Senator Cris Dush E-Newsletter

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If you know a Veteran, please forward this issue to them.  There are some important updates, resources and information they can use.

In this Update:

  • VA’s Veteran Crisis Line is Available to Help
  • VA Launches $20 million Innovation Challenge to Reduce Veteran Suicide
  • Pennsylvania Agriculture Veteran Grant Program
  • Virtual Veterans Town Hall on Monday, June 6 at 10 a.m.
  • Unemployed? The VA’s Veteran Rapid Retraining Assistance Program (VRRAP) Could Help
  • Injured Veteran Housing in PA
  • Buying a House Isn’t Easy Right Now for Anyone, and for Veterans it Could be Tougher
  • Federal Program Offers Affordable, Low-cost Internet Access to Eligible Households
  • My Recommended Read for Veterans in the Month of June
  • Elk County Purple Heart Commemoration Ceremony Applications Being Accepted
  • Two New Recreational Therapy Groups Available at the Dubois Vet Center
  • Vet Centers

VA’s Veteran Crisis Line is Available to Help

If you’re a veteran going through a tough time and thinking about reaching out, know you are not alone and the Veterans Crisis Line is available to support you.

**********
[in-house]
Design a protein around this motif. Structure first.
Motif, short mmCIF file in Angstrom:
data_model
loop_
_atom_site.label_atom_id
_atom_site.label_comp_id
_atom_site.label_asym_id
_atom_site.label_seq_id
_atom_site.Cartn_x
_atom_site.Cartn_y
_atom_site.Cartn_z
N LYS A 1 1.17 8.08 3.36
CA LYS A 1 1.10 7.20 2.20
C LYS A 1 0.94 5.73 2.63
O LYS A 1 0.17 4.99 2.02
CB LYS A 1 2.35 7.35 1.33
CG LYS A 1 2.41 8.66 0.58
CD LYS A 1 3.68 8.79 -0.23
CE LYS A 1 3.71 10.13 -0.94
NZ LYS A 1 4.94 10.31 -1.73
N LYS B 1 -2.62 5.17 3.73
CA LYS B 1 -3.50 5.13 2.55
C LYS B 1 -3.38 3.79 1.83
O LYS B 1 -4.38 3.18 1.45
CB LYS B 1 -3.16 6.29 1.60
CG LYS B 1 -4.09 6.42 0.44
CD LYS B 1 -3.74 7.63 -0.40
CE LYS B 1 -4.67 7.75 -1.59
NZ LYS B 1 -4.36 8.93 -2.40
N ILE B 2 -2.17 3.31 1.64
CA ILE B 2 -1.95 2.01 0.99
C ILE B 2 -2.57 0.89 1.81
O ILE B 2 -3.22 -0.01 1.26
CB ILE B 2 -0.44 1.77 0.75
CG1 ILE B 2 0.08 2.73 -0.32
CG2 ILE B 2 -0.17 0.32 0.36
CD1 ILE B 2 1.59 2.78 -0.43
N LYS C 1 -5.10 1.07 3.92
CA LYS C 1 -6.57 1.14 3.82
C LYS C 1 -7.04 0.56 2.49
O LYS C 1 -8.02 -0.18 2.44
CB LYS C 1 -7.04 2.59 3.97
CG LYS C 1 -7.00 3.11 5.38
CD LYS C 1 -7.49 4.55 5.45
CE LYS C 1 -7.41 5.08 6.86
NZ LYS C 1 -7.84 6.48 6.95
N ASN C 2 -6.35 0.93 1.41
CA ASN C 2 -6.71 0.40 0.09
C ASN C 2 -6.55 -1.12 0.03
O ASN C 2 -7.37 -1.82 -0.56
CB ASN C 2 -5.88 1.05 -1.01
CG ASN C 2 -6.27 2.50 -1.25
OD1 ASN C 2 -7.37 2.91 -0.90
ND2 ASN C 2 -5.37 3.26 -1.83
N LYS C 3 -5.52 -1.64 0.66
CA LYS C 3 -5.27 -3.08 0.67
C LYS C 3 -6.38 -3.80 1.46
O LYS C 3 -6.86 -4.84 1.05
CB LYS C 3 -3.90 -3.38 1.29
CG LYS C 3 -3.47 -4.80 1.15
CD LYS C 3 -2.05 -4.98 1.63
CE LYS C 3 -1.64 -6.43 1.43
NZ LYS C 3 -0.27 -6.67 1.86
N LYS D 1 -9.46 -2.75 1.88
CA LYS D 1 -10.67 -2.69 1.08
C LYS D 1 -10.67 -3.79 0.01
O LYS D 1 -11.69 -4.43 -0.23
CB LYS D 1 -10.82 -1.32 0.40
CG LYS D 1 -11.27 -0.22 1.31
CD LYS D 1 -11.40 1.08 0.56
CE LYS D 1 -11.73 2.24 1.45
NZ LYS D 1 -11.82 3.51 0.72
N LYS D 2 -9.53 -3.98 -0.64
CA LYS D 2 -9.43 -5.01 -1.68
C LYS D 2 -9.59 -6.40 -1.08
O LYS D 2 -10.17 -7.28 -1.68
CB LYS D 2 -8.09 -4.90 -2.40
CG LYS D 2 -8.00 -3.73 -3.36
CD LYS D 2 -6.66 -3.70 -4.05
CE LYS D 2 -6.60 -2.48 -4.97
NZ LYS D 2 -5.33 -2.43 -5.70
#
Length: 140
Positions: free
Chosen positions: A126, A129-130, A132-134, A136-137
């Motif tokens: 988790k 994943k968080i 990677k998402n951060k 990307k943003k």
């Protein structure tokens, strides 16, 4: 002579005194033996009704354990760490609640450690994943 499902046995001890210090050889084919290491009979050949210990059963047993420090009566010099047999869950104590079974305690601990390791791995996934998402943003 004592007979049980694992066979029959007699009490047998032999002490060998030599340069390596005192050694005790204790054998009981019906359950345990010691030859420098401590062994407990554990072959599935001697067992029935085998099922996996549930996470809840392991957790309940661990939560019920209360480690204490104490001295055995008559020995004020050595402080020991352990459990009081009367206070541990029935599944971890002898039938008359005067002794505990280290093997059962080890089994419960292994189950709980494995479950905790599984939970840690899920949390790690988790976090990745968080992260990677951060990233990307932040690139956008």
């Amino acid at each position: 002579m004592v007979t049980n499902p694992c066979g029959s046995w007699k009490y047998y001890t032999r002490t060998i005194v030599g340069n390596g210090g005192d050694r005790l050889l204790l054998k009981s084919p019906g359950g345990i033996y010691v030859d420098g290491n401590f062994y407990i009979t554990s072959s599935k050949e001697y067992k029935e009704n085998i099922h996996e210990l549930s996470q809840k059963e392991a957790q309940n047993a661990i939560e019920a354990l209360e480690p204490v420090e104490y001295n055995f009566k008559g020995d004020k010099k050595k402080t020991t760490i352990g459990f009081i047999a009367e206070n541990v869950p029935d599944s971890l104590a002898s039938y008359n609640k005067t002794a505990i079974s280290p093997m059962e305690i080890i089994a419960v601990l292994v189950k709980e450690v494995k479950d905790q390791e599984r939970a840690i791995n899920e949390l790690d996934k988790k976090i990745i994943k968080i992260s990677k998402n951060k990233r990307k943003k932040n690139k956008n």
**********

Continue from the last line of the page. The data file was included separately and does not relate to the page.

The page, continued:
The line is confidential, free and always a phone call or text away for any veteran any time, day or night – you don’t have to be enrolled in VA benefits or health care to connect.

When you call, you’ll connect to a qualified responder trained to help veterans through any crisis. They’ll work with you to make sure you’re safe and, if you’d like, connect you to the services you need.

You don’t need to meet any special qualifications to contact the Veterans Crisis Line. Call 1-800-273-8255 and Press 1, chat online, or text 838255 to receive confidential crisis support 24/7.

VA Launches $20 million Innovation Challenge to Reduce Veteran Suicide

The U.S. Department of Veterans Affairs (VA) is inviting innovators across the country to participate in Mission Daybreak, a $20 million challenge designed to help VA develop new suicide prevention strategies for veterans.

Those interested are encouraged to submit their detailed concept papers, via the Mission Daybreak webpage, to the VA no later than July 8, 2022.

Proposed solutions for Mission Daybreak should seek to address one or more of the designated challenge focus areas outlined in the Mission Daybreak webpage.

During Phase 1, which will award $8.5 million (30 recipients each receiving $250,000), all challenge participants will have access to a collection of open data, surveys, and reports on Veteran suicide prevention as they prepare their concept papers. Innovators and collaborators are also invited to join the Mission Daybreak solver community, which helps solvers expand and augment their teams with interdisciplinary expertise.